strength of 130 GPa measured by nanoindentation atomic force microscope for the monolayer graphene sheet . By, those measurements, Lee categorized the graphene monolayer sheet as the strongest material ever measured. Consequently, Graphene nanocomposites are expected to perform extremely enhanced mechanical properties. Exfoliated graphite nano-platelets are new types of nanoparticles consisting of graphene stacks that are 1~15 nm thick and with diameters ranging from sub-micrometer to 100 ㎛. Exfoliated graphene nanoplatelets share chemical structures with carbon nanotubes (CNT). In fact, their edges could be easily modified chemically for dispersion enhancement in polymeric composites . Fig. 1 shows the morphology of exfoliated graphene nano-platelets. These nano-platelets are typically less than 5 nm thick and can be synthesized with lateral dimensions ranging from less than 1 ㎛ to up to 100 ㎛.
Vinylester is a copolymer thermoset resin produced by the esterification of an epoxy resin with unsaturated monocarboxylic acid. The reaction product is then dissolved in a reactive solvent, such as styrene, to (35-45) percent content by weight. Vinylester can be used as an alternative to polyester and epoxy materials in matrix or composite material because its distinctive characteristics, strength, and bulk cost lie intermediately between polyester and epoxy. Vinylester has low resin viscosity, less than polyester and epoxy [16,17]. However, the epoxy-based vinylester resins have remarkable corrosion resistance, desirable physical properties, and improved adherent properties compared to polyester due to their chemical composition, and due to the presence of polar hydroxyl and ether groups in their chemical chain. Simulated vinylester chains are 65% epoxy and 35% styrene; Fig. 2 shows a schematic of an ideal vinylester chemical chain assuming that all the epoxy had reacted.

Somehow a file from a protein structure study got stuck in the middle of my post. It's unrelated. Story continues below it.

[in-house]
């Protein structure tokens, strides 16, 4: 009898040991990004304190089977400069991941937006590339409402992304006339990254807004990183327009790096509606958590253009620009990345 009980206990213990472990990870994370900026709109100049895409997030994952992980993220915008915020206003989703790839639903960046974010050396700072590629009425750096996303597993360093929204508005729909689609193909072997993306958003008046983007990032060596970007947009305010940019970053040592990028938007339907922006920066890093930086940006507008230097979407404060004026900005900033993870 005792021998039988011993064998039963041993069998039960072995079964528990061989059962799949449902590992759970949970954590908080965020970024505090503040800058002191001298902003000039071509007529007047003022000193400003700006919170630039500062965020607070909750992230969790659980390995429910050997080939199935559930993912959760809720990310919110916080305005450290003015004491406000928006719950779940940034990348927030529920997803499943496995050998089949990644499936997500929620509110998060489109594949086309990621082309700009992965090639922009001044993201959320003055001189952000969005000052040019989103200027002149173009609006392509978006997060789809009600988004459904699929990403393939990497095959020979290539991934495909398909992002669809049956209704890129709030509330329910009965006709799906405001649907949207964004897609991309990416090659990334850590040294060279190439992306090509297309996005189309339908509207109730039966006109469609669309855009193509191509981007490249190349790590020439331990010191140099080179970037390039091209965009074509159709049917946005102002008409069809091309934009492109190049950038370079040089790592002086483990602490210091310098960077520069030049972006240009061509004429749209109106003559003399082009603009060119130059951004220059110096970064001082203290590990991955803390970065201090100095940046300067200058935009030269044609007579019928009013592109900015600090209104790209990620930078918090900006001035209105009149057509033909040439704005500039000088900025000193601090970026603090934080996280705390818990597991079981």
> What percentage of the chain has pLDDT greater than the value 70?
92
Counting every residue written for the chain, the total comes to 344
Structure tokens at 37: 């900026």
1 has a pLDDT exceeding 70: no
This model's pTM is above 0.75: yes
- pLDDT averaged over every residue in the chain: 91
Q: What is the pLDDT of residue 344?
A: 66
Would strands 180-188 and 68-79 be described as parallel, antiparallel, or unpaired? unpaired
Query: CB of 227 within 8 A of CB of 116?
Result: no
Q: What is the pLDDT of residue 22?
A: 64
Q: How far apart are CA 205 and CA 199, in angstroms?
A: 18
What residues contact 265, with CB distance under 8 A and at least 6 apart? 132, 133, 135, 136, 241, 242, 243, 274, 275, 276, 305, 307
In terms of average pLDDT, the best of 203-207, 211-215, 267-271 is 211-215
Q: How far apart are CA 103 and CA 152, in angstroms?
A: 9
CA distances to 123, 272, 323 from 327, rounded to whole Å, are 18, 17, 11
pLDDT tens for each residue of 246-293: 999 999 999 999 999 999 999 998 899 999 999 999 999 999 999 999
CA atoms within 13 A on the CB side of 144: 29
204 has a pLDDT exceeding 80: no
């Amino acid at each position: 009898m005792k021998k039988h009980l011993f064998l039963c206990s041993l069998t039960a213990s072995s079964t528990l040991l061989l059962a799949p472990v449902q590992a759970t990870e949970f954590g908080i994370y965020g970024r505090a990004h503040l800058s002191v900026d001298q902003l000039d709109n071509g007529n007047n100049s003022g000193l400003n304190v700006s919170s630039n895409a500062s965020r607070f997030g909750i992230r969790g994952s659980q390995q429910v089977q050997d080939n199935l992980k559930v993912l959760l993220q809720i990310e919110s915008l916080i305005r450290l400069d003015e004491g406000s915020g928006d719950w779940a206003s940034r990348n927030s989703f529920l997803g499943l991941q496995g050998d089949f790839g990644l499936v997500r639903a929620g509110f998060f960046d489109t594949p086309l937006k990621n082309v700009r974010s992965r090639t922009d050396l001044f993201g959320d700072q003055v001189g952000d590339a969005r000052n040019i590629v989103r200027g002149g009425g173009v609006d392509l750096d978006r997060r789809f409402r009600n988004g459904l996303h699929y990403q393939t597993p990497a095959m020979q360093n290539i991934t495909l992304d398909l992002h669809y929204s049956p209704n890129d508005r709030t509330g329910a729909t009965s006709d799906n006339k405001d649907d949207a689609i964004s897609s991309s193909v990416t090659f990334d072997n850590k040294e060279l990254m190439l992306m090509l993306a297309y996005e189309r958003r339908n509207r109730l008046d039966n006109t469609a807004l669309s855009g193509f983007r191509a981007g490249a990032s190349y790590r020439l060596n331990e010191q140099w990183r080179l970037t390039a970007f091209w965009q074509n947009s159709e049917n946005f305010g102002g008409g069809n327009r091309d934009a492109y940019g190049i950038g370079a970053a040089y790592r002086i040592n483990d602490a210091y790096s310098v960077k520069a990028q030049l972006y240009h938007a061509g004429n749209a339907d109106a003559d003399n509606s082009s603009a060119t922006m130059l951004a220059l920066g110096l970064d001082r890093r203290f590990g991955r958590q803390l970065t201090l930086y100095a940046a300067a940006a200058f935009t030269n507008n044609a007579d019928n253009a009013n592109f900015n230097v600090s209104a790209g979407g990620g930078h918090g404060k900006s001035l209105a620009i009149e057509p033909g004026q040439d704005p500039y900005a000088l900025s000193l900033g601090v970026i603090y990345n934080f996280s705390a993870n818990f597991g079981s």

Vinylester-resin systems have other challenge: poor resistance to crack propagation, brittleness, and large shrinkage that occurs during polymerization. Methods of incorporating nanoparticles into polymer matrices could be ex-situ, like dispersion of the synthesized nanoparticles into resin solution, or in-situ, like monomer polymerization process in the presence of the nanoparticles.
One of the key interactions between the nanoparticles and the matrix, for the ex-situ fabricated composites, is van der Waals force. However, the in-situ synthesis methods may create stronger chemical bonding within the composite. Introducing good interfacial bonding between nanofillers and the resin is often used to alleviate volume shrinkage, void formation and improve surface dispersion along with toughness. Control of interfacial adhesion appears to be crucial since a major cause of impact-related problems is believed to be associated with the level of adhesion at the interface between fiber and matrix. A variety of fiber surface treatment and modification techniques are used to control the interfacial bonding. The strong interface favors a brittle fracture mode with relatively low energy absorption; whereas, a weak interface favors a multiple shear mode with high energy absorption. Therefore, optimization of the interfacial adhesion is required to obtain excellent interfacial strength along with enhanced impact properties . According to Gou, et al. , molecular dynamic simulations can provide detailed information on interface structure and interaction. The vinylester bromination effect is simulated to study the effect of bromination on the interfacial strength of vinylester-graphene and vinylester-graphite nanocomposites. High interfacial strength will result high stiffness, strength,and toughness in the composite [18,19]. Fig. 3 shows a schematic chemical chain for a brominated vinylester.